Frightened out of his wits, he flies from the senate with a mind and countenance less agitated than it would have been a few years before, if he had fallen in with a crowd of his creditors. He convenes an assembly. He, the consul, addresses them in such a speech as even Catiline himself, if he had been victorious, would never have delivered. He said “that men were greatly mistaken if they thought that the senate had any power in the republic; and that the Roman knights should suffer severely for that day on which, in my consulship, they had appeared with their swords on the Capitoline Hill: that the time had come for those who had been in fear” (he evidently meant the conspirators) “to avenge themselves.” If he had said no more than this, he would have been worthy of the last extremity of punishment; for a mischievous speech of a consul can of itself undermine the republic. But see now what he did.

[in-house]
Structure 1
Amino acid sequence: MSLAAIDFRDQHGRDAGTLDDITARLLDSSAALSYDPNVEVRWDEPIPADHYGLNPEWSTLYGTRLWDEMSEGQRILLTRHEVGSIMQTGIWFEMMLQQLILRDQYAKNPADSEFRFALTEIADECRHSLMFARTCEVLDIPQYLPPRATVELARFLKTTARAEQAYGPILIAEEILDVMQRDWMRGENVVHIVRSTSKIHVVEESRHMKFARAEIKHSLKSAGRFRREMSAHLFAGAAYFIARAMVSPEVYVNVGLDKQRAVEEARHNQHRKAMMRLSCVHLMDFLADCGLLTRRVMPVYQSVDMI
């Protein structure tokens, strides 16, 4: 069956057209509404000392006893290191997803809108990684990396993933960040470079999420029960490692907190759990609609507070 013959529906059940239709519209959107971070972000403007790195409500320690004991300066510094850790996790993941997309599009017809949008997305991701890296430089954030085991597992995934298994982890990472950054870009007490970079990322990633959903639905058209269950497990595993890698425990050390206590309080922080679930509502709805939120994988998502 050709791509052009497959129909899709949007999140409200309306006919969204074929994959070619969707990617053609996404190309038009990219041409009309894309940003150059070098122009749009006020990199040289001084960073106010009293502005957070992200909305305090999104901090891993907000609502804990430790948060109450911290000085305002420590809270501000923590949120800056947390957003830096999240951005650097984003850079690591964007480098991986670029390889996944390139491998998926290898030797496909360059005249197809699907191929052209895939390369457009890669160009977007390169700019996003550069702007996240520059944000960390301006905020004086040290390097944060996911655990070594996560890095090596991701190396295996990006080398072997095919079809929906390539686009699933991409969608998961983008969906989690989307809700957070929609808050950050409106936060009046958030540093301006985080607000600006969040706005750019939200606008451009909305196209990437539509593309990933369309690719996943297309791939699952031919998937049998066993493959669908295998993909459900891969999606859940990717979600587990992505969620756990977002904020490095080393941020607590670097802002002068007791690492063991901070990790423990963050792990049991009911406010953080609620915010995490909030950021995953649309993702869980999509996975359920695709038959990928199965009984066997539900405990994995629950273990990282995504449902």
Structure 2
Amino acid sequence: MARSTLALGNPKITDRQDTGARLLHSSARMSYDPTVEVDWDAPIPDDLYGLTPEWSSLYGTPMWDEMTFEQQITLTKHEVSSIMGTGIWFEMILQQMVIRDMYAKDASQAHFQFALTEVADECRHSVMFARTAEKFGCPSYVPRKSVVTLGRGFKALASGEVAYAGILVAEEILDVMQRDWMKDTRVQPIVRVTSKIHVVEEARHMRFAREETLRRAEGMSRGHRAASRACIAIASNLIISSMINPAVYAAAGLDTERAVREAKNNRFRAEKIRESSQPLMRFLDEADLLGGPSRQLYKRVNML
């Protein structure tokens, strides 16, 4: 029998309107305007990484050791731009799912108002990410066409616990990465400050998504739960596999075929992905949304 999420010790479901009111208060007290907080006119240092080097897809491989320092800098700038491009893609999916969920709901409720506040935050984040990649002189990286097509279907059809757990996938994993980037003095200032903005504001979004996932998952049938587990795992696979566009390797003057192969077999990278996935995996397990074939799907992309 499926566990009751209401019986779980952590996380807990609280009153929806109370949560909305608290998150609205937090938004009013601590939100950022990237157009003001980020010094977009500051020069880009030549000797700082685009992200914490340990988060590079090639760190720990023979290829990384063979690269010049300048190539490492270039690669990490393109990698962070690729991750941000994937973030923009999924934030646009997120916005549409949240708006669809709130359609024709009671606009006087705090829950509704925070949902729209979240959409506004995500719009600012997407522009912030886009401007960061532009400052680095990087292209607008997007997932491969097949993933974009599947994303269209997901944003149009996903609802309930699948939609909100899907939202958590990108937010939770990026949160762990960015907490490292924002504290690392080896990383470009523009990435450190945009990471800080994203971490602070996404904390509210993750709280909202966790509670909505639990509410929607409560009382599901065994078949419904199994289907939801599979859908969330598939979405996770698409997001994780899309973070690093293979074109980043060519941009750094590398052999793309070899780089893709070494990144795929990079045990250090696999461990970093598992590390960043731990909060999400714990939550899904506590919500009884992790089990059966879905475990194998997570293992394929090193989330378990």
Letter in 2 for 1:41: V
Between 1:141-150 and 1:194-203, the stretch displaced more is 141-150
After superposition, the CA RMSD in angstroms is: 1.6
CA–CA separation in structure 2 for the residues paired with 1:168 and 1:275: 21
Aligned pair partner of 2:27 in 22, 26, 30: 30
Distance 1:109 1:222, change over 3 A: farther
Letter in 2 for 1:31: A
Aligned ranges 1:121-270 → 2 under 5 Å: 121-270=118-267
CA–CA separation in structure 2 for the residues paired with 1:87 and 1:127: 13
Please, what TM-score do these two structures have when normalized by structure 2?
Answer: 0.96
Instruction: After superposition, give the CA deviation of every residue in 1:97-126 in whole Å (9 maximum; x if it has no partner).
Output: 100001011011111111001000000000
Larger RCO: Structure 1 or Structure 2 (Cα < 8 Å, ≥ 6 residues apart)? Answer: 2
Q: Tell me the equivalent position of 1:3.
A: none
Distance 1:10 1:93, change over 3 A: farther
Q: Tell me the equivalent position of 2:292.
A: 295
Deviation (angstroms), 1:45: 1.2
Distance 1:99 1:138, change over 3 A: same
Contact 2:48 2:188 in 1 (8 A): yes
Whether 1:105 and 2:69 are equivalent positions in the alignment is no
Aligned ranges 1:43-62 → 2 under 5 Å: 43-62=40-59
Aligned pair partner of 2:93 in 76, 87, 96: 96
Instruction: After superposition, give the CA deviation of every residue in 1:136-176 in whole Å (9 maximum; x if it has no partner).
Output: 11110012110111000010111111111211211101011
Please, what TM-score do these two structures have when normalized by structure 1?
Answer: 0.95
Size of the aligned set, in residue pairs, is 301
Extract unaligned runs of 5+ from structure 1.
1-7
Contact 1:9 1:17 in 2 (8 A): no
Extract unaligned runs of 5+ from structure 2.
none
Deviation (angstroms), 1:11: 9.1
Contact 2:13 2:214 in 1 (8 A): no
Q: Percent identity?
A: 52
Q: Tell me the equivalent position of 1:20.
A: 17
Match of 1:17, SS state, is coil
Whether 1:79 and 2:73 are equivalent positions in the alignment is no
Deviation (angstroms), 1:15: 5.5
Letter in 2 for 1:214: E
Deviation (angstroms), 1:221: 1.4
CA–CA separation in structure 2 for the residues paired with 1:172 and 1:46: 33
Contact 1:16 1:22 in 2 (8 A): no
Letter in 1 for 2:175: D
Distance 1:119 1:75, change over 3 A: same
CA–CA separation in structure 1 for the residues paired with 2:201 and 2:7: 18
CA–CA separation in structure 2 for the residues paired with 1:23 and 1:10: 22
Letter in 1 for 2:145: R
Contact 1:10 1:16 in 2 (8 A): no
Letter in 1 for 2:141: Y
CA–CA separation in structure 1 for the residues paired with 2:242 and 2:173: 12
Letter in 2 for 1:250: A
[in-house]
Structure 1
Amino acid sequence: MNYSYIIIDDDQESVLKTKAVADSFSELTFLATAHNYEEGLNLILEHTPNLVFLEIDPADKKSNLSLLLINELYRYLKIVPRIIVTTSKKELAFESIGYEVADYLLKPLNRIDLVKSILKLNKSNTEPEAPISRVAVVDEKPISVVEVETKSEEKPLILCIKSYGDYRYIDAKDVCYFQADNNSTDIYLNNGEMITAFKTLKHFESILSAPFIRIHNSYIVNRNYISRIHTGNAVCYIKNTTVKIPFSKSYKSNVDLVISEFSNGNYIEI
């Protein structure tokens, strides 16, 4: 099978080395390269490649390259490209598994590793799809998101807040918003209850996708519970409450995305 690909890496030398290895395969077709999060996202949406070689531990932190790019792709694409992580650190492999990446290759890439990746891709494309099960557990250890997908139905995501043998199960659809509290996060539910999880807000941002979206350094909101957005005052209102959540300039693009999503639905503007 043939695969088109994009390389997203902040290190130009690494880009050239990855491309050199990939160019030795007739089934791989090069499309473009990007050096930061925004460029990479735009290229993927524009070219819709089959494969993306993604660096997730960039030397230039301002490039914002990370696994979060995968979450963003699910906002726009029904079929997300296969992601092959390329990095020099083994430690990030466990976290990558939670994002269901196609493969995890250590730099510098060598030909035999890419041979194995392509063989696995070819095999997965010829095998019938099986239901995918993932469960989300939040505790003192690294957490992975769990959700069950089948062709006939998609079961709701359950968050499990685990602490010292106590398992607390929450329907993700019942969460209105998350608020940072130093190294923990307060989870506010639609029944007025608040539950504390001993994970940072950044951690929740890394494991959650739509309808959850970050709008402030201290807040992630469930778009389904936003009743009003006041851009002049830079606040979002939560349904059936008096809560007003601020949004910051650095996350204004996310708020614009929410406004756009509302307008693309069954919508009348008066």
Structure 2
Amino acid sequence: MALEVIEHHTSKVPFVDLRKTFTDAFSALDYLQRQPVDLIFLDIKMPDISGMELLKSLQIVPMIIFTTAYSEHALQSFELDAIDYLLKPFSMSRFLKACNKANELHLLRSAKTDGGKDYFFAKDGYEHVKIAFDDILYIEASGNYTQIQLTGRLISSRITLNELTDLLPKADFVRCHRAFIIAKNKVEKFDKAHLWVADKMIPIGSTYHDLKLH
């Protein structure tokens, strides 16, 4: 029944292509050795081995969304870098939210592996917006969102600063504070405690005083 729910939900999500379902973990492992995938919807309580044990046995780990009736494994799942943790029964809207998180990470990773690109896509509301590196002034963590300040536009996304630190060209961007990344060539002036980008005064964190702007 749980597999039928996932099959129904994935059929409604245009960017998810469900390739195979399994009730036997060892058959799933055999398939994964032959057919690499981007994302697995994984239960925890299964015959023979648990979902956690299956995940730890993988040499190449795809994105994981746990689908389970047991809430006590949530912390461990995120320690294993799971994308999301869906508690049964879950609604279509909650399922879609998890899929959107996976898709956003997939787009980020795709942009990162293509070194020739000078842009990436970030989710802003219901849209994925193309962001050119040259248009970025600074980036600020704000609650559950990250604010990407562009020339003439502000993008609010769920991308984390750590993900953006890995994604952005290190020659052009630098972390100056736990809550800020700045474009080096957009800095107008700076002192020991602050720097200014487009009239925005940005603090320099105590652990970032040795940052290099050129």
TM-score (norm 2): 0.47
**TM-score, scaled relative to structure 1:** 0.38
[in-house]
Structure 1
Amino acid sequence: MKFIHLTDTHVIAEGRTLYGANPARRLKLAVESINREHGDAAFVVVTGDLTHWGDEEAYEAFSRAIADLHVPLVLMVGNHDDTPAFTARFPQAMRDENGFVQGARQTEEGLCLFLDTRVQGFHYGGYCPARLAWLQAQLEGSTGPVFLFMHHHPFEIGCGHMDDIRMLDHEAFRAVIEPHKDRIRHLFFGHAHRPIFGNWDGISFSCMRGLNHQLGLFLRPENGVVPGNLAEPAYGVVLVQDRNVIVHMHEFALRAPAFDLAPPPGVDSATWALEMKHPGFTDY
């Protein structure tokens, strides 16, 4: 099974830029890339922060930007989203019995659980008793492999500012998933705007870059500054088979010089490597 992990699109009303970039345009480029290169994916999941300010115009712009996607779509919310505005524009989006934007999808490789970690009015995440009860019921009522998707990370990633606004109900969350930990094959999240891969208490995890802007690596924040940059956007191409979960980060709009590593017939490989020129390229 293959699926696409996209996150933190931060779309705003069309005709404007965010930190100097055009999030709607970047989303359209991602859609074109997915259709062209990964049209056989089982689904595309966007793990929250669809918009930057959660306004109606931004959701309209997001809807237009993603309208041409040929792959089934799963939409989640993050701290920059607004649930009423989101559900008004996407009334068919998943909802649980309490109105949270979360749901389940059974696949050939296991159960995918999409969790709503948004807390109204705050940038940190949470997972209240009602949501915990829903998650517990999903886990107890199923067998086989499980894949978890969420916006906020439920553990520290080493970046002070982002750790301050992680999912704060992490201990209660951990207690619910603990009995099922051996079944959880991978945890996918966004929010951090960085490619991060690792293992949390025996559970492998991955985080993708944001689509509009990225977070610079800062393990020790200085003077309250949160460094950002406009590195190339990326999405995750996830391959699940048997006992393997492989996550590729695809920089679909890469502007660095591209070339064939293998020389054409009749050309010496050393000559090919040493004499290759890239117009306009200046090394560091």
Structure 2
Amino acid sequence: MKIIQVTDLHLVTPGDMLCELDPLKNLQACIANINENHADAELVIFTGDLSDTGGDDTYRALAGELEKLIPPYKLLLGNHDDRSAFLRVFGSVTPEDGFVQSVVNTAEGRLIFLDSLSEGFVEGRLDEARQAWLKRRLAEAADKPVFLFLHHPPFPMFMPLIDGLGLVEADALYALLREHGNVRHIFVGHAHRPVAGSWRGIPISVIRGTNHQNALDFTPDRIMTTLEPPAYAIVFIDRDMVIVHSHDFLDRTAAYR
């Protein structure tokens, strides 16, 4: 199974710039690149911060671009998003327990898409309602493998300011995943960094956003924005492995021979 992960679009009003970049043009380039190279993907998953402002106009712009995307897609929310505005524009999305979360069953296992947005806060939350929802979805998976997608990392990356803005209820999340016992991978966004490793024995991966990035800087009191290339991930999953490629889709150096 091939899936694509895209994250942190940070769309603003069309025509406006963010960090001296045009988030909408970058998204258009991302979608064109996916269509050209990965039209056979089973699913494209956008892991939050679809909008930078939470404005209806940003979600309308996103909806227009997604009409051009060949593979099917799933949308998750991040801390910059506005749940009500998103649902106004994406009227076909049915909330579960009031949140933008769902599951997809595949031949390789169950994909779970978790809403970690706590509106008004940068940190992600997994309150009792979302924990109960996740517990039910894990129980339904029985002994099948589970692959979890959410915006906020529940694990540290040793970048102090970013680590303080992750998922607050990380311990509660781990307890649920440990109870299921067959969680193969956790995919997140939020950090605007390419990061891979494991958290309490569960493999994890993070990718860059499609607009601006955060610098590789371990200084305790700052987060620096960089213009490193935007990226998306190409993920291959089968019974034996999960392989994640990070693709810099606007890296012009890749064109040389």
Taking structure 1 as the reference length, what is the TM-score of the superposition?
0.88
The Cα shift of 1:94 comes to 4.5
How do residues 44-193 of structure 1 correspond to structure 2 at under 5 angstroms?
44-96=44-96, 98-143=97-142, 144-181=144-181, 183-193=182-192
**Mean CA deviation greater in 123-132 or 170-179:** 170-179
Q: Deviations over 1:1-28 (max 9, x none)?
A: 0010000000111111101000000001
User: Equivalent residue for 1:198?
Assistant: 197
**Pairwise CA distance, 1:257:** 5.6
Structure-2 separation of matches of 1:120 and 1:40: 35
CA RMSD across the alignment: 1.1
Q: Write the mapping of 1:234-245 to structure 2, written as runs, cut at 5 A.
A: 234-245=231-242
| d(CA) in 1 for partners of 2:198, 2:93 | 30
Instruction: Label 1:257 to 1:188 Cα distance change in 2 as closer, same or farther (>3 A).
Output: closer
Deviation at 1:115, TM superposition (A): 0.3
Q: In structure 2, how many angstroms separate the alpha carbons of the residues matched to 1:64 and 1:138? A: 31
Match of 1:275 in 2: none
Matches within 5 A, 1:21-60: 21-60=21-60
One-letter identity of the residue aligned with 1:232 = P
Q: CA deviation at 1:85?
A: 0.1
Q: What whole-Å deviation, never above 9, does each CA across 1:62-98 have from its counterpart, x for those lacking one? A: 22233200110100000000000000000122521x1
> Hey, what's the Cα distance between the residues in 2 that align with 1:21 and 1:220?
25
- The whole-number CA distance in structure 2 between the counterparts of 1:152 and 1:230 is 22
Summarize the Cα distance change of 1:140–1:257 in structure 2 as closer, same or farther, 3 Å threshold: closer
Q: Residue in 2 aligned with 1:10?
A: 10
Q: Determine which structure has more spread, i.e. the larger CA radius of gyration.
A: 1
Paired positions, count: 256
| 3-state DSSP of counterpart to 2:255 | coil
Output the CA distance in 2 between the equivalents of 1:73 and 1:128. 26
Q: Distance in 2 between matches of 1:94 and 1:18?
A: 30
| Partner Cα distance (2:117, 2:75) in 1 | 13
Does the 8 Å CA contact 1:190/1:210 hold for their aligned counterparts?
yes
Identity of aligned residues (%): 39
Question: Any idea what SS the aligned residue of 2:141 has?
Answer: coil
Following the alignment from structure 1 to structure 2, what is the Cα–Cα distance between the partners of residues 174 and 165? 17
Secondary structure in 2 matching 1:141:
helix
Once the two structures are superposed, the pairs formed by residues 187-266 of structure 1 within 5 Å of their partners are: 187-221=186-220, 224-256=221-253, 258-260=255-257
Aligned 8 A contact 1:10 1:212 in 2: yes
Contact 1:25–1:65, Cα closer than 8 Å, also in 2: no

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THE SPEECH OF M. T. CICERO IN DEFENCE OF PUBLIUS SESTIUS.
THE SPEECH OF M. T. CICERO AGAINST PUBLIUS VATINIUS; CALLED ALSO, THE EXAMINATION OF PUBLIUS VATINIUS.
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